• The phrase “non-contiguous data selections” is intended to mean that the normal sequential and temporal nature of data, which is associated with user data sets/files, does not occur. For example, if a dataset is identified as a document that includes data, which would be read as “ABCD,” then non-contiguous data selections can include any two or more sets of portions of that data where the data is mixed up from its normal created order, such as “AC” and “BD.” In this example, the first portion is “AC” and it is stored on the first server; the second portion is “BD” and it is stored on the second server.
  • So, “non-contiguous data selections” means that the normal created order for the server controlled data is scrambled in a different order, which can be recreated under certain defined conditions identified herein and below in greater detail. In this manner should a rogue intruder gain access to the first portion and the second portion, the intruder would still not be able to recreate the proper order for the server-controlled data to make it useful to the intruder.
  • According to an embodiment, at 111, the data securing service also authenticates the principal for initial access to the processing environment associated with the data securing service. This is done when the principal provides a principal-supplied credential. It is noted, that this principal-supplied credential is different from the “master credential,” discussed herein and below.
  • Continuing with the embodiment of 111 and at 112, the data securing service generates the master credential in response to the principal-supplied credential. That is, whenever a principal changes the principal-supplied credential, such as a password that is used to login to the processing environment of the data securing service, the data securing service generates a master credential. Thus, if a user were to change a login password, the data securing service also changes the master credential and re-performs the processing 110-130 of the FIG. 1.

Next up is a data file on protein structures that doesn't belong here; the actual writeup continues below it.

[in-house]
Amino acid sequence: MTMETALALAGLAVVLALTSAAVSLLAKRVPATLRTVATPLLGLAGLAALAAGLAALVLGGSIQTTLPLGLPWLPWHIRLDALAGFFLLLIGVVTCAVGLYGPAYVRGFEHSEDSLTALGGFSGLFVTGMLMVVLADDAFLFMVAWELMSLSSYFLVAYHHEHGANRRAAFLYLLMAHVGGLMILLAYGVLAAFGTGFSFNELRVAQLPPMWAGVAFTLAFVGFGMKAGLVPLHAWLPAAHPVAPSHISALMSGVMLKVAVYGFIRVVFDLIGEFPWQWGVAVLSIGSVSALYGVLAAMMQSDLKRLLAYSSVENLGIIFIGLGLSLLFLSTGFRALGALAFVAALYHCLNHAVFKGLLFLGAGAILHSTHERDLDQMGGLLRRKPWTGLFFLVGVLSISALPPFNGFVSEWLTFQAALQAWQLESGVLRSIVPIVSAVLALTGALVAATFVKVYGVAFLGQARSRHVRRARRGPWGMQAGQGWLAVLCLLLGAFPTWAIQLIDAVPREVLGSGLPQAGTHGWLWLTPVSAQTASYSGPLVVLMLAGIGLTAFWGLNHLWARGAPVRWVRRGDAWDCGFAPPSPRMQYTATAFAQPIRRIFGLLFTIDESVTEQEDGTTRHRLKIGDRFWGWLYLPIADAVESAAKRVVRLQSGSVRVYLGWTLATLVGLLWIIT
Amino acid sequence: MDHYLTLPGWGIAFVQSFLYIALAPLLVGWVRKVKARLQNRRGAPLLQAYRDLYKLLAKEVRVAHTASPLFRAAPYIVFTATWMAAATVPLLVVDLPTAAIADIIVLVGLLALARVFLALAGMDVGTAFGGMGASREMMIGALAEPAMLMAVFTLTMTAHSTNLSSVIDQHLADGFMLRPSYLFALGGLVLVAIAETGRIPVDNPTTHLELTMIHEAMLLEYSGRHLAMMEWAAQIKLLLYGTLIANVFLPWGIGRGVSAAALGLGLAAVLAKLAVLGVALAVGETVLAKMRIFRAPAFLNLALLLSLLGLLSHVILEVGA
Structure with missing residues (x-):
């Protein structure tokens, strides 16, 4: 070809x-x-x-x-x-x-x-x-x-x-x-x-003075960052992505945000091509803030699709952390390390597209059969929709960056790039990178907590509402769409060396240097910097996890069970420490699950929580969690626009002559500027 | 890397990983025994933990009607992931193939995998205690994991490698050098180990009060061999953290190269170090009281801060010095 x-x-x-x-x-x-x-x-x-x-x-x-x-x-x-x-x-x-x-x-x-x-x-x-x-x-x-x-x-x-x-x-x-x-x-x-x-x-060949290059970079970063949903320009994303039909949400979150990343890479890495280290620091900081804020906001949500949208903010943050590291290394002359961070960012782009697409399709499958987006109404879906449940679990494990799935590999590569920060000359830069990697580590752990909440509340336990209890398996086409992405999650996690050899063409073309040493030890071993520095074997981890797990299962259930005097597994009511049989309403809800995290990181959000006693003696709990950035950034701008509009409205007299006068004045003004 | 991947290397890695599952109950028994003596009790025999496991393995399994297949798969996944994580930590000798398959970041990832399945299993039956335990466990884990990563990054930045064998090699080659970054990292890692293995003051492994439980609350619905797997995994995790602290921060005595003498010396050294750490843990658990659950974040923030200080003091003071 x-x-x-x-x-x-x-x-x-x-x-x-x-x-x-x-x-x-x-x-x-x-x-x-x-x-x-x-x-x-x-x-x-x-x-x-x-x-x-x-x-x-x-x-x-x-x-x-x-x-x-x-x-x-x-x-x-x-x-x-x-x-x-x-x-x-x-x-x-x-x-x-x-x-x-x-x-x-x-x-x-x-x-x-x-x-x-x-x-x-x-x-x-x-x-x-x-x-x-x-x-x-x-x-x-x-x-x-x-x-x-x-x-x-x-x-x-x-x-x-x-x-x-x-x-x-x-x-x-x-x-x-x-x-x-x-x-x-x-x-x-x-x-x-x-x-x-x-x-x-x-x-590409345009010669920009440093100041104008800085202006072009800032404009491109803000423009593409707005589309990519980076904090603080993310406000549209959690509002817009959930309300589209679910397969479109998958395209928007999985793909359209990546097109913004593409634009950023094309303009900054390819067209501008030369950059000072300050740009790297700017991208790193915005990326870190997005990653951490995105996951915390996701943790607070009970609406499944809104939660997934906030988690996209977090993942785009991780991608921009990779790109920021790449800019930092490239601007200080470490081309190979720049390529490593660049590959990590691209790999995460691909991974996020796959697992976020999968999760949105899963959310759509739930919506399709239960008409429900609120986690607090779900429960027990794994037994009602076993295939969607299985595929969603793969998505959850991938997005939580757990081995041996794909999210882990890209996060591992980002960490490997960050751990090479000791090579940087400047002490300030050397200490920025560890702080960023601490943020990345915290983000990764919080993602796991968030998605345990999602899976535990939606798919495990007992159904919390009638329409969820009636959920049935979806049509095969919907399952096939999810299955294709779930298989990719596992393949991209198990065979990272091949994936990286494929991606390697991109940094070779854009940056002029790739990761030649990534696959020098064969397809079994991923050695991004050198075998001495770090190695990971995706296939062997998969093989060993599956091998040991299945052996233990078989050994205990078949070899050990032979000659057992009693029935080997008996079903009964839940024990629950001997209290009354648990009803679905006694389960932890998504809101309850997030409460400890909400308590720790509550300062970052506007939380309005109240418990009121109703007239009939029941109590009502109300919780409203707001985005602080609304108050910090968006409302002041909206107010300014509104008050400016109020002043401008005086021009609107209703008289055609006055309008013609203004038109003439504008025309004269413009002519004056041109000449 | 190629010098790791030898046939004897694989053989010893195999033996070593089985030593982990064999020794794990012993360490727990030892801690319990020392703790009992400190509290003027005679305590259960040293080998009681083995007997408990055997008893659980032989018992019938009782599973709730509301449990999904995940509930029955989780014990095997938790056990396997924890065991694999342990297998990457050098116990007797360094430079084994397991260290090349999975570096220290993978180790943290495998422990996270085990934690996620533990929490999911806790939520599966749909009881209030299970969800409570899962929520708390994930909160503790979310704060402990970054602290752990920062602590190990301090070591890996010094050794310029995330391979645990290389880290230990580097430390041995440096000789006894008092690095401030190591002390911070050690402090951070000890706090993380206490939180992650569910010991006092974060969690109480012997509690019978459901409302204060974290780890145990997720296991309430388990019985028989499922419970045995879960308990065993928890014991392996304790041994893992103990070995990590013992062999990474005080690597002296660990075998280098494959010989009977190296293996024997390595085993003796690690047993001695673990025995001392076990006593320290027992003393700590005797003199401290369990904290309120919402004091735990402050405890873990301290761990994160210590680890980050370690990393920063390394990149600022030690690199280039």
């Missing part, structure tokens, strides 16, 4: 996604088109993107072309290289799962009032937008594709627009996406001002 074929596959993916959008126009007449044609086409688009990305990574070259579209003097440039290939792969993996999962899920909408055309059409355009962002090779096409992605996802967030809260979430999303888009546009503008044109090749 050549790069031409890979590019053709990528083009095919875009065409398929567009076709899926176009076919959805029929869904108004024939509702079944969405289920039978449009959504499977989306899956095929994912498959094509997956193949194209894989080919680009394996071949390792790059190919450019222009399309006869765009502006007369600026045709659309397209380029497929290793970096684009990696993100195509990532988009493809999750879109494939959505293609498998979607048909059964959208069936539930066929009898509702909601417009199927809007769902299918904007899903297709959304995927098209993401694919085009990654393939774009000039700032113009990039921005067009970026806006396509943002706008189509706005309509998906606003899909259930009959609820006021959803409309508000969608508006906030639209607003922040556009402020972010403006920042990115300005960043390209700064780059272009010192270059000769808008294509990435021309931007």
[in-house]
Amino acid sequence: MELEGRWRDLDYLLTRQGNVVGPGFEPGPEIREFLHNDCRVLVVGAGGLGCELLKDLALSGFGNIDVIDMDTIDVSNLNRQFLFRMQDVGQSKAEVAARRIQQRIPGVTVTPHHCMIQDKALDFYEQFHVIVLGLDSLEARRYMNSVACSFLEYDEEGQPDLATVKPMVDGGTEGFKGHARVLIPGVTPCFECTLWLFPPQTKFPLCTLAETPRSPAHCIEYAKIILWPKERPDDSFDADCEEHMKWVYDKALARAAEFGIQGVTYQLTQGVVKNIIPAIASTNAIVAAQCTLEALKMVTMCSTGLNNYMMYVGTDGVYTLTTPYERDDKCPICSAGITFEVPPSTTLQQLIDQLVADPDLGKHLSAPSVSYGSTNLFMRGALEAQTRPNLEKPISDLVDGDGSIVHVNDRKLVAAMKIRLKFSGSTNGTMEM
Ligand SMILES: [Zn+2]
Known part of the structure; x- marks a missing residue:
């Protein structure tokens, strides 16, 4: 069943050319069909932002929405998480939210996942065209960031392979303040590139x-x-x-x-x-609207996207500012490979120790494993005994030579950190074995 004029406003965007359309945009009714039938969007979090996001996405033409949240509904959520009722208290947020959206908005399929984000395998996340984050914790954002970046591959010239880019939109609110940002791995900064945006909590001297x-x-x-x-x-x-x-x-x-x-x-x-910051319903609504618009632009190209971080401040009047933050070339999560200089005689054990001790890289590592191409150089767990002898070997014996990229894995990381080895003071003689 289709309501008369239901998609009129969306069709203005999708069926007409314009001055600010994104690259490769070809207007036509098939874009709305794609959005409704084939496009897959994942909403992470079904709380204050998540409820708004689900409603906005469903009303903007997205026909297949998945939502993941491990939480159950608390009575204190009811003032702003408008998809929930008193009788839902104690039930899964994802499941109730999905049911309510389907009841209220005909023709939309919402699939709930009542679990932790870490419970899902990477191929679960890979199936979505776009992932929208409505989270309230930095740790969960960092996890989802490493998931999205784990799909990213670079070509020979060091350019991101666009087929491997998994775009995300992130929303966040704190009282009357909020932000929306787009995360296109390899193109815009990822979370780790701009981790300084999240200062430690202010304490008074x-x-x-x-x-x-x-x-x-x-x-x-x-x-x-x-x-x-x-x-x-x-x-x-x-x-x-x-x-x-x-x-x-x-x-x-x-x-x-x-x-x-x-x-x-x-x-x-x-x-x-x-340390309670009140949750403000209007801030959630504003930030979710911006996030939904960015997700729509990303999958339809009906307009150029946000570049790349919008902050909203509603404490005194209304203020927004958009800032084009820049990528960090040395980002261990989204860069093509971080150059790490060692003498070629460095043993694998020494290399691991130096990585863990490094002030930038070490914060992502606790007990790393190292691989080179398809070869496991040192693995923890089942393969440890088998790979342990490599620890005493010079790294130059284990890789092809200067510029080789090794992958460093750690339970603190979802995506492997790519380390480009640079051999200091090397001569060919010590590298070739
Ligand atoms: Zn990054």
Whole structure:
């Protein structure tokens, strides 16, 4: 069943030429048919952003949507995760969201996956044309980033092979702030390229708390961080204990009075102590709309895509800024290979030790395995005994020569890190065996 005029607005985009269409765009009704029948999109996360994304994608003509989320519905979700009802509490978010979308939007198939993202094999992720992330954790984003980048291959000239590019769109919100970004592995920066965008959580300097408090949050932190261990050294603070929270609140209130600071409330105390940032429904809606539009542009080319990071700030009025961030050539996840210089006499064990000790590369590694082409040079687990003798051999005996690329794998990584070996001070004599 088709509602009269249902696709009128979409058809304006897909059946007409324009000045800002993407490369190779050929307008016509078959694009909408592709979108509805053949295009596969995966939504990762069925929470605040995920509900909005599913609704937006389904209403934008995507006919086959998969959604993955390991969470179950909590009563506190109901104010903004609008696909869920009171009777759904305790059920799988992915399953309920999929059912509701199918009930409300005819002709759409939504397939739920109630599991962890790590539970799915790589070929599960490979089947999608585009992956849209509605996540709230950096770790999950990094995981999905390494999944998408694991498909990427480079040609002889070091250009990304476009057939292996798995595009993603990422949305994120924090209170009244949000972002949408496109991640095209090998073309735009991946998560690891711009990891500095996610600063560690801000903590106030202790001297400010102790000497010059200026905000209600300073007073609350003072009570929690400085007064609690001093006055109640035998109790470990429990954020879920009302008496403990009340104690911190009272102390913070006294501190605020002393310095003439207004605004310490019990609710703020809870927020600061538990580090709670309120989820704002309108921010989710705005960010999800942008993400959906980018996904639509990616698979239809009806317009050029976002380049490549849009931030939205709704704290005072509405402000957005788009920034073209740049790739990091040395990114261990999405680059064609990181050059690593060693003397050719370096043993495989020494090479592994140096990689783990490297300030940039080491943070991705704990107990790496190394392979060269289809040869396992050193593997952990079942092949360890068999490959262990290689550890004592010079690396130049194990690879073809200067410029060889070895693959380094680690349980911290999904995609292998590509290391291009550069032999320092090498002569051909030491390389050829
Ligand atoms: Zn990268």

• In another embodiment, at 113, the data securing service resolves the non-contiguous data selections from the server-controlled data to produce the first and second portions in response to a predefined policy. That policy is secure and accessible to just the data securing service. Moreover, the policy may be specific to an identity associated with the principal.
  • In an alternative situation, at 114, the data securing service resolves the non-contiguous data selections from the server-controlled data selections to produce the first and second portions in response to a random order generation algorithm. That is, the data securing service uses a random generate to produce rules for scrambling the server-controlled data into the non-contiguous data selections. The rules are then secure and known and accessible to just the data securing service.
  • At 120, the data securing service encrypts the first portion using a master credential and a first identity to produce an encrypted version of the first portion of server-controlled data. This encrypted first portion is then stored or housed on a first server. So, not only is the first portion a selection of non-contiguous data from the original user-created server-controlled data, but the first portion is also encrypted via a master credential and a first server identify for the first server. Thus, even if the master credential in some way becomes compromised, the first portion cannot be decrypted unless the master credential is used with first server identity. Moreover, as discussed above, even if both the master credential and the first server identity are compromised, the decrypted data acquired would appear as gibberish because it was scrambled at 110.
  • In an embodiment, the master credential is a password for a server that executes the data securing service. The first and second servers are accessible and trusted or in a secure relationship with the server that executes the data securing service.
  • At 130, the data securing service also encrypts the second portion of the server-controlled data using the master credential and a second server identity for the second server. The encrypted second portion is then housed or stored on the second server.